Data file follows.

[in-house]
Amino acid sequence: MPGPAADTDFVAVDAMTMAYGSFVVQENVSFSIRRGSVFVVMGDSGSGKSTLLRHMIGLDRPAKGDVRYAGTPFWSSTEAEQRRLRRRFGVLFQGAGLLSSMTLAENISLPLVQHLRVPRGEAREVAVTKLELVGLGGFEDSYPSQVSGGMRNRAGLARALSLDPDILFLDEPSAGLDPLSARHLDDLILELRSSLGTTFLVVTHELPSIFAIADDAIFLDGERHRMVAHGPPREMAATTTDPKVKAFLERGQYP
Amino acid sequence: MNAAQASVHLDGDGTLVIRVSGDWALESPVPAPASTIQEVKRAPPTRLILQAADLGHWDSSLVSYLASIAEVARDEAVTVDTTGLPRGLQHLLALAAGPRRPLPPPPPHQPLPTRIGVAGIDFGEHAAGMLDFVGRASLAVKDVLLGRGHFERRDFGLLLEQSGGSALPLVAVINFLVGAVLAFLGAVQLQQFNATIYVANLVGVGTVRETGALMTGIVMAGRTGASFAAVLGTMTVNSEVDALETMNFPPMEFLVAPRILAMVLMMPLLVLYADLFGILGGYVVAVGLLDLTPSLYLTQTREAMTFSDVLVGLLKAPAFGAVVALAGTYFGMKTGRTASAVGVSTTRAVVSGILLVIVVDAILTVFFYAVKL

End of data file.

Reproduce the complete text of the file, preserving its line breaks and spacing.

[in-house]
Amino acid sequence: MPGPAADTDFVAVDAMTMAYGSFVVQENVSFSIRRGSVFVVMGDSGSGKSTLLRHMIGLDRPAKGDVRYAGTPFWSSTEAEQRRLRRRFGVLFQGAGLLSSMTLAENISLPLVQHLRVPRGEAREVAVTKLELVGLGGFEDSYPSQVSGGMRNRAGLARALSLDPDILFLDEPSAGLDPLSARHLDDLILELRSSLGTTFLVVTHELPSIFAIADDAIFLDGERHRMVAHGPPREMAATTTDPKVKAFLERGQYP
Amino acid sequence: MNAAQASVHLDGDGTLVIRVSGDWALESPVPAPASTIQEVKRAPPTRLILQAADLGHWDSSLVSYLASIAEVARDEAVTVDTTGLPRGLQHLLALAAGPRRPLPPPPPHQPLPTRIGVAGIDFGEHAAGMLDFVGRASLAVKDVLLGRGHFERRDFGLLLEQSGGSALPLVAVINFLVGAVLAFLGAVQLQQFNATIYVANLVGVGTVRETGALMTGIVMAGRTGASFAAVLGTMTVNSEVDALETMNFPPMEFLVAPRILAMVLMMPLLVLYADLFGILGGYVVAVGLLDLTPSLYLTQTREAMTFSDVLVGLLKAPAFGAVVALAGTYFGMKTGRTASAVGVSTTRAVVSGILLVIVVDAILTVFFYAVKL